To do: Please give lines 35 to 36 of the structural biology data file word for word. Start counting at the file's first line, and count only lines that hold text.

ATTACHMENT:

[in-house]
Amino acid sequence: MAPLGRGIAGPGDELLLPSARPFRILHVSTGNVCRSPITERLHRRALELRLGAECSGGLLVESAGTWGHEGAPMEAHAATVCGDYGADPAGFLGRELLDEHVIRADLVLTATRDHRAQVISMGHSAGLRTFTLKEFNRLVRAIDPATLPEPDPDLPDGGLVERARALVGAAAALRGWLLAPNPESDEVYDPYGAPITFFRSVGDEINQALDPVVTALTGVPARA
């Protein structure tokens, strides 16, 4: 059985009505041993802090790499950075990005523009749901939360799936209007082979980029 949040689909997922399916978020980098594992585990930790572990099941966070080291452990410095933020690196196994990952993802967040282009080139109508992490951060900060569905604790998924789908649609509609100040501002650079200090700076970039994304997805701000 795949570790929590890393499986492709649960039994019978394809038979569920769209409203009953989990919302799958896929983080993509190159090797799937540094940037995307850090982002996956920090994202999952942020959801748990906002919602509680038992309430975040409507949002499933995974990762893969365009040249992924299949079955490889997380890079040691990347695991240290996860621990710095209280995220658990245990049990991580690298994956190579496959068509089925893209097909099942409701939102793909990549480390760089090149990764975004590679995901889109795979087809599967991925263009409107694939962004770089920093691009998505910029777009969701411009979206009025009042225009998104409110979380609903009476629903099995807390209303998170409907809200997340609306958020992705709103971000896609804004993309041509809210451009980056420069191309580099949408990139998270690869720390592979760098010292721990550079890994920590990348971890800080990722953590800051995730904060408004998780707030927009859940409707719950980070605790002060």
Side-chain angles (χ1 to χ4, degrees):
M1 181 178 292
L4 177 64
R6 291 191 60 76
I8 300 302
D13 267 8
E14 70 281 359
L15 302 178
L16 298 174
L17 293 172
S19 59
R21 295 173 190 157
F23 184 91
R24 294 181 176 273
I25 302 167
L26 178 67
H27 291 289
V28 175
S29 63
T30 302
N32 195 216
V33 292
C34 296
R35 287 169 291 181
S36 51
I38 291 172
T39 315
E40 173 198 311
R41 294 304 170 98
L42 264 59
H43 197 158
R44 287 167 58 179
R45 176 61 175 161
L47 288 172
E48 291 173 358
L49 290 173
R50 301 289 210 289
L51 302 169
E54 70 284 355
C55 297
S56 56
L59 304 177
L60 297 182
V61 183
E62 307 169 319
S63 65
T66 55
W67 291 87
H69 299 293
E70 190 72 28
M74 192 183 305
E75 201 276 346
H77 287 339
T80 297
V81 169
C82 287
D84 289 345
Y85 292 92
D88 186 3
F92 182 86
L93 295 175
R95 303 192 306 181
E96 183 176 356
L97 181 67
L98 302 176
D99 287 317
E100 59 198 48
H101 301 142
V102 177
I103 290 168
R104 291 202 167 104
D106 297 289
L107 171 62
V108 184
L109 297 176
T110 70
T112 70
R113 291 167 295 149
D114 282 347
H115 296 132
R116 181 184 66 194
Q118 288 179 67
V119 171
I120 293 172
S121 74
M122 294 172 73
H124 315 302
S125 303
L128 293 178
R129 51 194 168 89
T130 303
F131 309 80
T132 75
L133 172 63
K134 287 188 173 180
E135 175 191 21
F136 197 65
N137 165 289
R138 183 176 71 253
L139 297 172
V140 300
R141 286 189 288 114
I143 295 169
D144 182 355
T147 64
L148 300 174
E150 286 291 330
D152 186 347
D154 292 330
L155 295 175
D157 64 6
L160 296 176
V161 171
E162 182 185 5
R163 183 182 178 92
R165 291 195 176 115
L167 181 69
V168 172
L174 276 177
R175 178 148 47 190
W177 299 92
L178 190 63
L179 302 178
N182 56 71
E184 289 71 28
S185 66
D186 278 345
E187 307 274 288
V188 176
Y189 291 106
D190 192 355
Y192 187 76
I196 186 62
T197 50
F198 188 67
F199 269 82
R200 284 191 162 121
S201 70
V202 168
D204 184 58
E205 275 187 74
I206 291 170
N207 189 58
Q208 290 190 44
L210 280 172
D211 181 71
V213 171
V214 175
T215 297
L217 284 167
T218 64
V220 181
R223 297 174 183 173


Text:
R44 287 167 58 179
R45 176 61 175 161